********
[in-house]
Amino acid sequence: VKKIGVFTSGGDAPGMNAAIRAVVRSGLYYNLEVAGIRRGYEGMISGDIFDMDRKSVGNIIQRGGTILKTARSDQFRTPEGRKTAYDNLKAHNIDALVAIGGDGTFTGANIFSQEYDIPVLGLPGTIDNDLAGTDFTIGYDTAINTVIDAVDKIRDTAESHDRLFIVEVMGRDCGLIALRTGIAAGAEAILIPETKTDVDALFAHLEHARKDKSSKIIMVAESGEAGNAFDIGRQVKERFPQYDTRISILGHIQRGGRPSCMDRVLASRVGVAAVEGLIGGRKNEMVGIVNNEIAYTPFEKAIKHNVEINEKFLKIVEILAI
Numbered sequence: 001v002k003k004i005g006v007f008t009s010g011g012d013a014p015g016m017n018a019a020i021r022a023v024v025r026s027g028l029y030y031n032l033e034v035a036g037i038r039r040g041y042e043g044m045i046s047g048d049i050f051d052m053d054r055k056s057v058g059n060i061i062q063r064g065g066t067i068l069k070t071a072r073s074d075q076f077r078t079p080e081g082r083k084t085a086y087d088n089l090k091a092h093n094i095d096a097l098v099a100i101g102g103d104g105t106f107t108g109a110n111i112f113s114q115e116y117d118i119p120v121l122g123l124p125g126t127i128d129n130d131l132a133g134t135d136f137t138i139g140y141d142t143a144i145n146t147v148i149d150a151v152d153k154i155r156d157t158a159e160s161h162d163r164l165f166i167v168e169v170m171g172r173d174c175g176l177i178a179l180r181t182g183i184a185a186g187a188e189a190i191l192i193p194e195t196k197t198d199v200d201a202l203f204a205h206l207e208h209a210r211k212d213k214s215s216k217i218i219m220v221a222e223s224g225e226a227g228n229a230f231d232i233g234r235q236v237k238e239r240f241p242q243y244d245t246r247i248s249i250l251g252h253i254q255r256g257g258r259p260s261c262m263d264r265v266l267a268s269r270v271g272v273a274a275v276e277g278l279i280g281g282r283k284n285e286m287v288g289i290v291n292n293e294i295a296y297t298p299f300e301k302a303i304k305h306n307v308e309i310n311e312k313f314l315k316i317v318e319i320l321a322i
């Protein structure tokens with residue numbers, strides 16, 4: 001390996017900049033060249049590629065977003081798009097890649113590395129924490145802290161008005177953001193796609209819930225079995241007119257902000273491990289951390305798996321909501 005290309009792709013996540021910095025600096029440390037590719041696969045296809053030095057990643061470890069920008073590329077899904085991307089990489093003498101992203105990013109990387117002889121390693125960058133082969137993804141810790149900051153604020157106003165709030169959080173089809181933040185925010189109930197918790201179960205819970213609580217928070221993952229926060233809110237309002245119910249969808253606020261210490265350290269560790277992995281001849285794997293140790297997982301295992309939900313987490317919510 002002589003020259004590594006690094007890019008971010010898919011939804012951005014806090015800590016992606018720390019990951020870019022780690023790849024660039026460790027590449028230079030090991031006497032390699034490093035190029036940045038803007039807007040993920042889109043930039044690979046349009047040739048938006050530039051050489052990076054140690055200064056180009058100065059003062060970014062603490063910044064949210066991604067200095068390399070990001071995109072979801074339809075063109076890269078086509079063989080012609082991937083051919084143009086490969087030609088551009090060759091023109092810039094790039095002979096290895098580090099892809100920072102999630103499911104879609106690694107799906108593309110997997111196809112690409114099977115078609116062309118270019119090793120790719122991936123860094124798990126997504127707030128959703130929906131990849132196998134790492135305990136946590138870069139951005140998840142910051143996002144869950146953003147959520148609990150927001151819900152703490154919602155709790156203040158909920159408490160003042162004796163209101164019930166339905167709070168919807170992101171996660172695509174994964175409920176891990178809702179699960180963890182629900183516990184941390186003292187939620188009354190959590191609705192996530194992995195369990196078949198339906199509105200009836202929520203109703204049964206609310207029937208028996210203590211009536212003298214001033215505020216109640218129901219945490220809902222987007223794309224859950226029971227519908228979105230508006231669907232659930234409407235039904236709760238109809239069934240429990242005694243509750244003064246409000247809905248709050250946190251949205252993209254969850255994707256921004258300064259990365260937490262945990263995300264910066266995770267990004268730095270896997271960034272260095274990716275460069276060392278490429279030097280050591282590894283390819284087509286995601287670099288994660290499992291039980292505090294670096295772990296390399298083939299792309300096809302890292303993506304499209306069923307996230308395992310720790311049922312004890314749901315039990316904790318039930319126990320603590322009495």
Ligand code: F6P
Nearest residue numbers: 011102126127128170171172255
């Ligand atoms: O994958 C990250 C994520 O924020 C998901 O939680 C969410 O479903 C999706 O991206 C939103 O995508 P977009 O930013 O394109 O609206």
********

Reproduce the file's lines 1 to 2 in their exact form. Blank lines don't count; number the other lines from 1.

[in-house]
Amino acid sequence: VKKIGVFTSGGDAPGMNAAIRAVVRSGLYYNLEVAGIRRGYEGMISGDIFDMDRKSVGNIIQRGGTILKTARSDQFRTPEGRKTAYDNLKAHNIDALVAIGGDGTFTGANIFSQEYDIPVLGLPGTIDNDLAGTDFTIGYDTAINTVIDAVDKIRDTAESHDRLFIVEVMGRDCGLIALRTGIAAGAEAILIPETKTDVDALFAHLEHARKDKSSKIIMVAESGEAGNAFDIGRQVKERFPQYDTRISILGHIQRGGRPSCMDRVLASRVGVAAVEGLIGGRKNEMVGIVNNEIAYTPFEKAIKHNVEINEKFLKIVEILAI